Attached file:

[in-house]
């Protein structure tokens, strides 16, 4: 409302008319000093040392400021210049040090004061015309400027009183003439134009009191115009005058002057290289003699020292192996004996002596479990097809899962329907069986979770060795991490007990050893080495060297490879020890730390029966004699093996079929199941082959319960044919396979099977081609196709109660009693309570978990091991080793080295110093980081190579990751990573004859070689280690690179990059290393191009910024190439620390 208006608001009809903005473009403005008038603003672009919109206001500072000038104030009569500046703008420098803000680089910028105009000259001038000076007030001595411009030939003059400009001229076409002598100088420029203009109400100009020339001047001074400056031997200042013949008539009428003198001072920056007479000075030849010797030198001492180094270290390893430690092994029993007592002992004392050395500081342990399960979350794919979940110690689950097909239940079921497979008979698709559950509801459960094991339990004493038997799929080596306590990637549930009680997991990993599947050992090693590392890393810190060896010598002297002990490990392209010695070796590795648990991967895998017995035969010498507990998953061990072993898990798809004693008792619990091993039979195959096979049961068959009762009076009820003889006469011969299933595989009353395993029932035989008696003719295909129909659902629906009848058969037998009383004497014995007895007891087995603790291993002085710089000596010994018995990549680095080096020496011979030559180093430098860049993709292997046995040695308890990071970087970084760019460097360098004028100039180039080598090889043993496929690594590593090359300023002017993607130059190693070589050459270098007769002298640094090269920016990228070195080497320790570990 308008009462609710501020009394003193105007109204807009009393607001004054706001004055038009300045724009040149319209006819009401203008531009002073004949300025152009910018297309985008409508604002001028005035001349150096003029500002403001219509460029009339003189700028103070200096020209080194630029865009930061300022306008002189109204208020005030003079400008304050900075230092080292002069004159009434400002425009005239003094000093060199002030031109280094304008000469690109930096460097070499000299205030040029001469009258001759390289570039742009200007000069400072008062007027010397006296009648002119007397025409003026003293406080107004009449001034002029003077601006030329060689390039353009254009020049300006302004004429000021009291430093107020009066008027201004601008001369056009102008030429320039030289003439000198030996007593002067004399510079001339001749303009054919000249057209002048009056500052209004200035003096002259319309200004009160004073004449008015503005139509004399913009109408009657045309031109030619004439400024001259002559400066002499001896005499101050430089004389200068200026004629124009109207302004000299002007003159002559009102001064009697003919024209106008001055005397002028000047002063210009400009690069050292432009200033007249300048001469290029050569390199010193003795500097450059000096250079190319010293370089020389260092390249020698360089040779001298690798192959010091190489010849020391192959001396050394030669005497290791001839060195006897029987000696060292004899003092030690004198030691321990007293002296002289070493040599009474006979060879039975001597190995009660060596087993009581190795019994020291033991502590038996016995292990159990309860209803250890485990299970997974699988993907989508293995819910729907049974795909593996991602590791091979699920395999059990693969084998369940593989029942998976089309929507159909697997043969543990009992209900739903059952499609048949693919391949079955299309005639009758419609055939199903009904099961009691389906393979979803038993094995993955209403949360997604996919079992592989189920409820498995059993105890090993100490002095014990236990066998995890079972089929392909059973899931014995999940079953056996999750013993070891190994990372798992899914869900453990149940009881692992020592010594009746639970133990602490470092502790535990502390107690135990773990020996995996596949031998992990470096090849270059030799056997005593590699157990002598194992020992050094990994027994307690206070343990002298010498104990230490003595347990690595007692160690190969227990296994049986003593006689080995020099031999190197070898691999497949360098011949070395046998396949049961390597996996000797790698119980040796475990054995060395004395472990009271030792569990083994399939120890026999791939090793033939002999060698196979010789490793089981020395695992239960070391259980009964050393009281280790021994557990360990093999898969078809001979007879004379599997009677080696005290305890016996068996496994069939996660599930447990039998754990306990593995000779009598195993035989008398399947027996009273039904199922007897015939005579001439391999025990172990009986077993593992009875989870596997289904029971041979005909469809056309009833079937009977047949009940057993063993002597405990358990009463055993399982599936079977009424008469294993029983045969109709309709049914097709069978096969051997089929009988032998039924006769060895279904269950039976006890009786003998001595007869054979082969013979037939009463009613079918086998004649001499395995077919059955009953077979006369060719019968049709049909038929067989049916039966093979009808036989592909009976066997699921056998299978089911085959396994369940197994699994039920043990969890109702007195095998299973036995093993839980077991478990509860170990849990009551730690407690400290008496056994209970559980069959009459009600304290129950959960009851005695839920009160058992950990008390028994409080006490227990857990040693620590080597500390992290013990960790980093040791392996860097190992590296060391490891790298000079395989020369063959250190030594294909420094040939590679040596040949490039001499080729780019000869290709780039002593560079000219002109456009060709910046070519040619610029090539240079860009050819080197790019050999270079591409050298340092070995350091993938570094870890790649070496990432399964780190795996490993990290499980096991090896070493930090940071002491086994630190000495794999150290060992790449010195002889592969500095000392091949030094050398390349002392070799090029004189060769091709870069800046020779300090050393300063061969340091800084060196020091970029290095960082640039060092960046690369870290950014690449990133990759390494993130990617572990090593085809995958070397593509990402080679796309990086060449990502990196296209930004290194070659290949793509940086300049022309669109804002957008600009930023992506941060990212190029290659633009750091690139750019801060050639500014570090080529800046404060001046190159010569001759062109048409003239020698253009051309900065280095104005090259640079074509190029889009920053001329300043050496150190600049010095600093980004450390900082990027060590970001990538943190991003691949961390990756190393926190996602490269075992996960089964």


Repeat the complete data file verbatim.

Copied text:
[in-house]
């Protein structure tokens, strides 16, 4: 409302008319000093040392400021210049040090004061015309400027009183003439134009009191115009005058002057290289003699020292192996004996002596479990097809899962329907069986979770060795991490007990050893080495060297490879020890730390029966004699093996079929199941082959319960044919396979099977081609196709109660009693309570978990091991080793080295110093980081190579990751990573004859070689280690690179990059290393191009910024190439620390 208006608001009809903005473009403005008038603003672009919109206001500072000038104030009569500046703008420098803000680089910028105009000259001038000076007030001595411009030939003059400009001229076409002598100088420029203009109400100009020339001047001074400056031997200042013949008539009428003198001072920056007479000075030849010797030198001492180094270290390893430690092994029993007592002992004392050395500081342990399960979350794919979940110690689950097909239940079921497979008979698709559950509801459960094991339990004493038997799929080596306590990637549930009680997991990993599947050992090693590392890393810190060896010598002297002990490990392209010695070796590795648990991967895998017995035969010498507990998953061990072993898990798809004693008792619990091993039979195959096979049961068959009762009076009820003889006469011969299933595989009353395993029932035989008696003719295909129909659902629906009848058969037998009383004497014995007895007891087995603790291993002085710089000596010994018995990549680095080096020496011979030559180093430098860049993709292997046995040695308890990071970087970084760019460097360098004028100039180039080598090889043993496929690594590593090359300023002017993607130059190693070589050459270098007769002298640094090269920016990228070195080497320790570990 308008009462609710501020009394003193105007109204807009009393607001004054706001004055038009300045724009040149319209006819009401203008531009002073004949300025152009910018297309985008409508604002001028005035001349150096003029500002403001219509460029009339003189700028103070200096020209080194630029865009930061300022306008002189109204208020005030003079400008304050900075230092080292002069004159009434400002425009005239003094000093060199002030031109280094304008000469690109930096460097070499000299205030040029001469009258001759390289570039742009200007000069400072008062007027010397006296009648002119007397025409003026003293406080107004009449001034002029003077601006030329060689390039353009254009020049300006302004004429000021009291430093107020009066008027201004601008001369056009102008030429320039030289003439000198030996007593002067004399510079001339001749303009054919000249057209002048009056500052209004200035003096002259319309200004009160004073004449008015503005139509004399913009109408009657045309031109030619004439400024001259002559400066002499001896005499101050430089004389200068200026004629124009109207302004000299002007003159002559009102001064009697003919024209106008001055005397002028000047002063210009400009690069050292432009200033007249300048001469290029050569390199010193003795500097450059000096250079190319010293370089020389260092390249020698360089040779001298690798192959010091190489010849020391192959001396050394030669005497290791001839060195006897029987000696060292004899003092030690004198030691321990007293002296002289070493040599009474006979060879039975001597190995009660060596087993009581190795019994020291033991502590038996016995292990159990309860209803250890485990299970997974699988993907989508293995819910729907049974795909593996991602590791091979699920395999059990693969084998369940593989029942998976089309929507159909697997043969543990009992209900739903059952499609048949693919391949079955299309005639009758419609055939199903009904099961009691389906393979979803038993094995993955209403949360997604996919079992592989189920409820498995059993105890090993100490002095014990236990066998995890079972089929392909059973899931014995999940079953056996999750013993070891190994990372798992899914869900453990149940009881692992020592010594009746639970133990602490470092502790535990502390107690135990773990020996995996596949031998992990470096090849270059030799056997005593590699157990002598194992020992050094990994027994307690206070343990002298010498104990230490003595347990690595007692160690190969227990296994049986003593006689080995020099031999190197070898691999497949360098011949070395046998396949049961390597996996000797790698119980040796475990054995060395004395472990009271030792569990083994399939120890026999791939090793033939002999060698196979010789490793089981020395695992239960070391259980009964050393009281280790021994557990360990093999898969078809001979007879004379599997009677080696005290305890016996068996496994069939996660599930447990039998754990306990593995000779009598195993035989008398399947027996009273039904199922007897015939005579001439391999025990172990009986077993593992009875989870596997289904029971041979005909469809056309009833079937009977047949009940057993063993002597405990358990009463055993399982599936079977009424008469294993029983045969109709309709049914097709069978096969051997089929009988032998039924006769060895279904269950039976006890009786003998001595007869054979082969013979037939009463009613079918086998004649001499395995077919059955009953077979006369060719019968049709049909038929067989049916039966093979009808036989592909009976066997699921056998299978089911085959396994369940197994699994039920043990969890109702007195095998299973036995093993839980077991478990509860170990849990009551730690407690400290008496056994209970559980069959009459009600304290129950959960009851005695839920009160058992950990008390028994409080006490227990857990040693620590080597500390992290013990960790980093040791392996860097190992590296060391490891790298000079395989020369063959250190030594294909420094040939590679040596040949490039001499080729780019000869290709780039002593560079000219002109456009060709910046070519040619610029090539240079860009050819080197790019050999270079591409050298340092070995350091993938570094870890790649070496990432399964780190795996490993990290499980096991090896070493930090940071002491086994630190000495794999150290060992790449010195002889592969500095000392091949030094050398390349002392070799090029004189060769091709870069800046020779300090050393300063061969340091800084060196020091970029290095960082640039060092960046690369870290950014690449990133990759390494993130990617572990090593085809995958070397593509990402080679796309990086060449990502990196296209930004290194070659290949793509940086300049022309669109804002957008600009930023992506941060990212190029290659633009750091690139750019801060050639500014570090080529800046404060001046190159010569001759062109048409003239020698253009051309900065280095104005090259640079074509190029889009920053001329300043050496150190600049010095600093980004450390900082990027060590970001990538943190991003691949961390990756190393926190996602490269075992996960089964």